4. Season the bird with olive oil, salt and pepper
5. Cover top with foil and place in an oven at low heat (160 degrees C or 320 F) for 1 hour and 30 minutes

Two guinea fowl serve four with enough for left-overs. Serve with roast vegetables or a green salad.

Saturday, August 18, 2012

Threshing Floor

the aia in 2003
similar view in 2012
The first photo is how we saw the 'aia' (threshing floor) and dry stone wall next to the fienile or barn at Le Ripe. The wall was masked by creepers and ivy, the aia hidden beneath earth and perhaps 50 years' growth of grass and weeds.
The second photo is a recent view of the restored 'aia' and the old dry stone wall. The 'aia' has been enlarged but we found a portion of its paving stones beneath the brambles and earth. The farmers used to fill the gaps between the paving stones with broken crockery, pottery, any other refuse (which was very little: you didn't waste anything in those days) and manure mixed with straw, which compacted and dried very nicely. What effect it had on the threshed wheat is anyone's guess. The engineer who oversaw our works at Le Ripe wanted to demolish the wall, so that the main house would be more visible. "Over my dead body," was my reply. There are many other dry stone walls on the property, mostly crumbling or covered with earth after decades of neglect. We would love to restore them gradually; the irony is that it is hard to find a builder willing to do the job. Perhaps because it takes longer, because it's a dying skill, or because they really believe that cement lasts longer, as they claim. My response is that the Egyptian pyramids are dry stone and they seem to have lasted pretty well.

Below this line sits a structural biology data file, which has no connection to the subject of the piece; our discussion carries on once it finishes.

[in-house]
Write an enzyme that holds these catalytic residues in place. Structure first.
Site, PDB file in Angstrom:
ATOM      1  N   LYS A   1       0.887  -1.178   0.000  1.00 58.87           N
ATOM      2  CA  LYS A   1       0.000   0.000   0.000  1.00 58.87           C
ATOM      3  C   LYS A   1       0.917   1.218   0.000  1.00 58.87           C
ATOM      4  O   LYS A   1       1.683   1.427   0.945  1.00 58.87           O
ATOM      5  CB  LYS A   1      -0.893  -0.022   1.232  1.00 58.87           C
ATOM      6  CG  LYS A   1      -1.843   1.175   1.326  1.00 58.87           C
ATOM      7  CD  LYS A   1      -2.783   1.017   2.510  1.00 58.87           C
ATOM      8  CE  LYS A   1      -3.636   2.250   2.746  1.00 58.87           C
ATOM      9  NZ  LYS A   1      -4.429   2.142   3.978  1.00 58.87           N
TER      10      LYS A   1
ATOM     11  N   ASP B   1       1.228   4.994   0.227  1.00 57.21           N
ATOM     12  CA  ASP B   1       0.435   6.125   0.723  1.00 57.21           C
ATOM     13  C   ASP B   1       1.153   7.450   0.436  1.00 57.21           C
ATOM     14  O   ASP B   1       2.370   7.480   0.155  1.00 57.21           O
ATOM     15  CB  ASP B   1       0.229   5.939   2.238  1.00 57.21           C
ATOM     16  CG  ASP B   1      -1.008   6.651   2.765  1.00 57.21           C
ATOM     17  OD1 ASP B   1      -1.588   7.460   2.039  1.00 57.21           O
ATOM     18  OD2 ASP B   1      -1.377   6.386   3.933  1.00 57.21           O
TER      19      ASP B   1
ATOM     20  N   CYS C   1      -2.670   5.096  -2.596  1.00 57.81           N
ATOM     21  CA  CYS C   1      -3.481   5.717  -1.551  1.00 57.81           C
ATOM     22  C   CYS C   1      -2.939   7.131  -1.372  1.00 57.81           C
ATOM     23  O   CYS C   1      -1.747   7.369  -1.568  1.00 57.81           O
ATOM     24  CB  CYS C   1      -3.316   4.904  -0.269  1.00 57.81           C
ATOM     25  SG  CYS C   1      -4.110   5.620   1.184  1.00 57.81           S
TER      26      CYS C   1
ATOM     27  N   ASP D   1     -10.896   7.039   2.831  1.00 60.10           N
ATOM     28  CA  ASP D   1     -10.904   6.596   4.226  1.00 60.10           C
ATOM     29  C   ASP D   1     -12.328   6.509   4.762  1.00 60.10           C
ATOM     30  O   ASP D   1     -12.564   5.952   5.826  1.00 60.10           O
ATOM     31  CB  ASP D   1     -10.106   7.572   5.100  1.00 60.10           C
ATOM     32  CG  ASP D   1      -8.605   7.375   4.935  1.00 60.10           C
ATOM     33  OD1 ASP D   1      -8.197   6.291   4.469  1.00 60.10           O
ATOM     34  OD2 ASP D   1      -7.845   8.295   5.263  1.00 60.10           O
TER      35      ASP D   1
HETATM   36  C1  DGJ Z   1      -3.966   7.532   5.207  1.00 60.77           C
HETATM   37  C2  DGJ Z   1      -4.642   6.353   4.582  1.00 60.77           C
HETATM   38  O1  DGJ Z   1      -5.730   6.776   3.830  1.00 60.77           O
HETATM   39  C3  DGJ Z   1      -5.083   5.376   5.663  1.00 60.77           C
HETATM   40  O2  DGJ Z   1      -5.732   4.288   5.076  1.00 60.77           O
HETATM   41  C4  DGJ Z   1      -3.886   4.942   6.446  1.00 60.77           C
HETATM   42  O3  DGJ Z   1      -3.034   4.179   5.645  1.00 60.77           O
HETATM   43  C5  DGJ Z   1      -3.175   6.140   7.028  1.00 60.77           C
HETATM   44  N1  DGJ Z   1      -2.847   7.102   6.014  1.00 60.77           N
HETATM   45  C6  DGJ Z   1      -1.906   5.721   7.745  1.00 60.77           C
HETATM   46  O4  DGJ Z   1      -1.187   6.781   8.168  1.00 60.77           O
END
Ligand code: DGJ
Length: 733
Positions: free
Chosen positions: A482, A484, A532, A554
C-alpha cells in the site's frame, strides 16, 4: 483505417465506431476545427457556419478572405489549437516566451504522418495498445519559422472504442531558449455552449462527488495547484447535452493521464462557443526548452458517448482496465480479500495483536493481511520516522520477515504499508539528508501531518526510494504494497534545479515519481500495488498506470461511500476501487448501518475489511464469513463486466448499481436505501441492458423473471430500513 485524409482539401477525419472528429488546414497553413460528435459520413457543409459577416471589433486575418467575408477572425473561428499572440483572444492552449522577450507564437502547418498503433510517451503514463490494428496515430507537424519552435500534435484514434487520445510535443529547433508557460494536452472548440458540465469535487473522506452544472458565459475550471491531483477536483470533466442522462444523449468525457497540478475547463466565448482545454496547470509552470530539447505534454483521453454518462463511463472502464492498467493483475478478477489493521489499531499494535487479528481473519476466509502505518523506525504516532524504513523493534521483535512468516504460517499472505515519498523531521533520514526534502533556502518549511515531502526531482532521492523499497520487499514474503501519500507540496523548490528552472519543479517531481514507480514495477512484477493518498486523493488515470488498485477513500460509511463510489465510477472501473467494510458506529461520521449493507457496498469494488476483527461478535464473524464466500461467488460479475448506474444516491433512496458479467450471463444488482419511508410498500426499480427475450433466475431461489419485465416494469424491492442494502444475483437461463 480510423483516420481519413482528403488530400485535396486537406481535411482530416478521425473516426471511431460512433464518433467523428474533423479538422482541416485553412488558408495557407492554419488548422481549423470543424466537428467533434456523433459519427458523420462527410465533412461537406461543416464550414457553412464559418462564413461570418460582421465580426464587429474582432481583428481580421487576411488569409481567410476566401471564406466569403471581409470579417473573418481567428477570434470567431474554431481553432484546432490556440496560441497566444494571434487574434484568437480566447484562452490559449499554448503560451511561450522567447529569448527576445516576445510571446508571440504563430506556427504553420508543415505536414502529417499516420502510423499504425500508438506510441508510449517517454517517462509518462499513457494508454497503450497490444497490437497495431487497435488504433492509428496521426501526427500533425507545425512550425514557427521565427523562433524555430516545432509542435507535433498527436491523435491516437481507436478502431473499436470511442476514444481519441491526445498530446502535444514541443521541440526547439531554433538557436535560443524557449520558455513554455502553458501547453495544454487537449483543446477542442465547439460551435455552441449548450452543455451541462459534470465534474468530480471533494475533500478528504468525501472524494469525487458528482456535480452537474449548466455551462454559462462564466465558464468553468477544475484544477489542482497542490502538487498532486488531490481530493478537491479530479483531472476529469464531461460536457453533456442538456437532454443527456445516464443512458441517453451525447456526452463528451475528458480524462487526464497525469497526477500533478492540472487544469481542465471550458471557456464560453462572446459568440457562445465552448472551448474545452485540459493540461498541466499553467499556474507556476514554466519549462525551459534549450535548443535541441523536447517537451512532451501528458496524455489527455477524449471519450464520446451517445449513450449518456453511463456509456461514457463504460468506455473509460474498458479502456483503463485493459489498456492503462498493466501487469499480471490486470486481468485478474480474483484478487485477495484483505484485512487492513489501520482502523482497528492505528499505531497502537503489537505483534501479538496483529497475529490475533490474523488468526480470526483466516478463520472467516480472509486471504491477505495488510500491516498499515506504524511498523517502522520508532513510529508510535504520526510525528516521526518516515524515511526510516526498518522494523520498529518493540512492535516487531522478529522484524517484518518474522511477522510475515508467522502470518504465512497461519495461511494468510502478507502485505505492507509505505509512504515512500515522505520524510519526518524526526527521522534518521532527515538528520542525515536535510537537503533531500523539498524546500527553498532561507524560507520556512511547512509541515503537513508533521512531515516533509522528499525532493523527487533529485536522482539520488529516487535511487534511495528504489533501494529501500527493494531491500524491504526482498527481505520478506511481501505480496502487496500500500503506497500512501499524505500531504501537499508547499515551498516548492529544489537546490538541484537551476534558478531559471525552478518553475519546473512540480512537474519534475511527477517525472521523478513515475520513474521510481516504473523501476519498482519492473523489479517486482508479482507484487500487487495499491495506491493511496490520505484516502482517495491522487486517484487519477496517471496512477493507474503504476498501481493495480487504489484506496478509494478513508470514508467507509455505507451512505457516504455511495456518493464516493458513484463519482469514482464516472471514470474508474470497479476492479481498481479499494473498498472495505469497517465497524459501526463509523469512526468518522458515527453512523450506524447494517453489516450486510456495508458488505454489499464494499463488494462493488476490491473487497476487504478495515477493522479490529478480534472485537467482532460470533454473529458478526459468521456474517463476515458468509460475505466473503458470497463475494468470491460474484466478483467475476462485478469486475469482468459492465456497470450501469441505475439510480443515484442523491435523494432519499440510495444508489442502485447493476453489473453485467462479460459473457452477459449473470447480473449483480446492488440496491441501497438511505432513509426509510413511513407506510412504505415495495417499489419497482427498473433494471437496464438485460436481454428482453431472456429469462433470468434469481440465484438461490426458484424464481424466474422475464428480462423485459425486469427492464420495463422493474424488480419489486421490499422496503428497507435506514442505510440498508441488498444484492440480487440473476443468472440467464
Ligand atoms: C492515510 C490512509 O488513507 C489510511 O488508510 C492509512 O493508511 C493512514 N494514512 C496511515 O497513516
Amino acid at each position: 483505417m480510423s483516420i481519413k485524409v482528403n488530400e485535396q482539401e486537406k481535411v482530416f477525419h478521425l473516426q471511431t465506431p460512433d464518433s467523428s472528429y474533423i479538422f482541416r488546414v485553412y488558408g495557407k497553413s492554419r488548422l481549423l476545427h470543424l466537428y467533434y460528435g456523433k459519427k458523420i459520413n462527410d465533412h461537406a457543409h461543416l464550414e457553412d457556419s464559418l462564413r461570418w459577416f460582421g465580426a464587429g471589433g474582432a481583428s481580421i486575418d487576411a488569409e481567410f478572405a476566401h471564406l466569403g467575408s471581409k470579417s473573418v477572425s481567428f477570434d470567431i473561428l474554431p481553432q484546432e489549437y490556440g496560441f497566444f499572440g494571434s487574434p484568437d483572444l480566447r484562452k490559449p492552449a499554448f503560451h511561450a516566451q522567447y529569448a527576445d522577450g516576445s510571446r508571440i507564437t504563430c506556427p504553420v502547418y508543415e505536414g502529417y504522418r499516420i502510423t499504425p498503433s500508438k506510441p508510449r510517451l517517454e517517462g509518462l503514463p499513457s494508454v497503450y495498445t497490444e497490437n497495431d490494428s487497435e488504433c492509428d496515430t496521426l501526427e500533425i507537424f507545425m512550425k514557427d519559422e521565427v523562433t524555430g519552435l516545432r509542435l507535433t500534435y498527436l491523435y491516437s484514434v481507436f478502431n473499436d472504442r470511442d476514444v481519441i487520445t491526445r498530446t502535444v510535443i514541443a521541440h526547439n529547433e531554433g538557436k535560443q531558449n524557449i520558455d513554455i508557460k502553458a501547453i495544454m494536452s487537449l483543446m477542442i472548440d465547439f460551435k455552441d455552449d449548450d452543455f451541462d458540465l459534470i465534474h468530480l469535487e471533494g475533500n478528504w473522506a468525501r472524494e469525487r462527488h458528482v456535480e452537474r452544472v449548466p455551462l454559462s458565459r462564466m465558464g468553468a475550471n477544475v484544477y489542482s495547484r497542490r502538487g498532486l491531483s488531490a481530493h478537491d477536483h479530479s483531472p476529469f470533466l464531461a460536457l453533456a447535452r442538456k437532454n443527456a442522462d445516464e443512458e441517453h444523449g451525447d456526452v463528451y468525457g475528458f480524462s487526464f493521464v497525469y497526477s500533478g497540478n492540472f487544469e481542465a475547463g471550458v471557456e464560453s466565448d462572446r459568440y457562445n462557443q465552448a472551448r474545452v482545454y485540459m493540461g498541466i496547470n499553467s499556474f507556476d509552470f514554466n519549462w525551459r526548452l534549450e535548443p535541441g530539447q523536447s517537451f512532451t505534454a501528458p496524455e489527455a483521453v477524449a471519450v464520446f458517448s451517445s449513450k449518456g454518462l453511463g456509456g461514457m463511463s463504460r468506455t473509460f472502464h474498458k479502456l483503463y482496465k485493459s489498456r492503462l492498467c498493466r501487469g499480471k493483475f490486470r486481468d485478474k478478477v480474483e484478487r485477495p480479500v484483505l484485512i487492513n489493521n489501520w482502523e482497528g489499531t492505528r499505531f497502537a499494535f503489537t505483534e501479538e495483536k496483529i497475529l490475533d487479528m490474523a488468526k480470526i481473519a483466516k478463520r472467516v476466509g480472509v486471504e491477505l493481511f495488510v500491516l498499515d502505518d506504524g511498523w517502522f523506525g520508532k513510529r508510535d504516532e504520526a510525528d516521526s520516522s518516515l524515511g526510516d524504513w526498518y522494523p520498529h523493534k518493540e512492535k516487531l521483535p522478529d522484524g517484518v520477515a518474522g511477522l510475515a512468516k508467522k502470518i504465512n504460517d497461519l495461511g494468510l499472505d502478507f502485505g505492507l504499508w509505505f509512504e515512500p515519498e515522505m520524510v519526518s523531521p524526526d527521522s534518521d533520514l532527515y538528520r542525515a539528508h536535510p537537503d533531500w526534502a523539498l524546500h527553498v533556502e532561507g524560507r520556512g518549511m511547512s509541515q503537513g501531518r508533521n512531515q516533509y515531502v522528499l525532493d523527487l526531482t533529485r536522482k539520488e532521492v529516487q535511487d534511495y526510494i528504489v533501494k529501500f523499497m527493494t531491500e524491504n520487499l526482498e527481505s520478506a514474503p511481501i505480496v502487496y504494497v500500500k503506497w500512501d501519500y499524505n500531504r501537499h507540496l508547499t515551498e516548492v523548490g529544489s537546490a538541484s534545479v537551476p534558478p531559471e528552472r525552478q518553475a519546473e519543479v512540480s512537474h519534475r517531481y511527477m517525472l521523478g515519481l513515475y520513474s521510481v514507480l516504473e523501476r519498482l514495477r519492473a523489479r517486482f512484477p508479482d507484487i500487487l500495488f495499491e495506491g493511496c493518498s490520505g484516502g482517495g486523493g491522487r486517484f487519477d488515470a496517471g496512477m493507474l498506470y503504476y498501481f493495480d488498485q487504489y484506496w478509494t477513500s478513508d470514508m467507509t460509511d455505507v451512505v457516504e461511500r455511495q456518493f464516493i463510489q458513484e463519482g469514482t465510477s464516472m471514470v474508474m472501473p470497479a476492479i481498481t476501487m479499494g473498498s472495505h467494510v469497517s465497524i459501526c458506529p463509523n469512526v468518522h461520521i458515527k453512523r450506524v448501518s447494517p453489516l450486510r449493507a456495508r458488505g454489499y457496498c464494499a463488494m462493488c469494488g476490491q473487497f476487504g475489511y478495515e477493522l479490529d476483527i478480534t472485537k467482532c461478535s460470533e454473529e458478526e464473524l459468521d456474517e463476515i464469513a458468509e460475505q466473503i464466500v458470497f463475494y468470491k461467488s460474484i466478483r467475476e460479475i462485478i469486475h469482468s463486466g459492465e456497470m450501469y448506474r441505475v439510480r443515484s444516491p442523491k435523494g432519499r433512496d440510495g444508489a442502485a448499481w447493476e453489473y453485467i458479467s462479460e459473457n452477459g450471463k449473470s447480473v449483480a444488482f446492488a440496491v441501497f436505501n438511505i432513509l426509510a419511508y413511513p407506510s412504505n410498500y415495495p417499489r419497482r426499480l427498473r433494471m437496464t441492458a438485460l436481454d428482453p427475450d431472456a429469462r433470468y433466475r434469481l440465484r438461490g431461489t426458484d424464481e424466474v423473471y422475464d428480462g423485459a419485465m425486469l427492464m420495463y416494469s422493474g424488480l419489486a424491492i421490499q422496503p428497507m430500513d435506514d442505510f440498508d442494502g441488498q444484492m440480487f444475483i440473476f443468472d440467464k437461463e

Wednesday, August 15, 2012

Indigenous Herbs

Lavender and other fragrances
There was so much lavender this year from our 40 plus bushes that I had to dry it on the floor on top of sheets. Soon I shall thresh it, so to speak. Lavender is happy in these hills although I have not yet found it growing wild.

Many aromatic plants do well here, both because they love the conditions and because they survive the deer who hate anything aromatic.

Some time after arriving at Le Ripe we found nine recognizable, indigenous herbs. Perhaps some were originally planted by the farmers  (the mint and the lemon balm?).

Here's the list:

wormwood (artemisia vulgaris), one of the main components of absinthe and a strange aroma, not to everyone's liking.The locals used to wear it under their clothes against worms;
catmint (nepeta cataria) which when trodden on releases a delicious scent;
thyme, not sure of variety, but it has dark pink flowers and turns red in winter and spreads beautifully;
wild fennel, which grows very tall; uncharacteristically, there was only one specimen which was eventually bulldozed over by the builders, so I collected some seeds elsewhere and planted it in our little herb patch where it is flourishing. I hope it spreads elsewhere;
curry plant (helichrysum italicum) has a lovely spicy smell;
camomile, a very prolific daisy: it was already growing wild in the field but when a farmer brought us a load of manure, so many camomile flowers sprouted in the vegie patch in spring that I used to grumble that instead of manure he had brought me a field of daisies;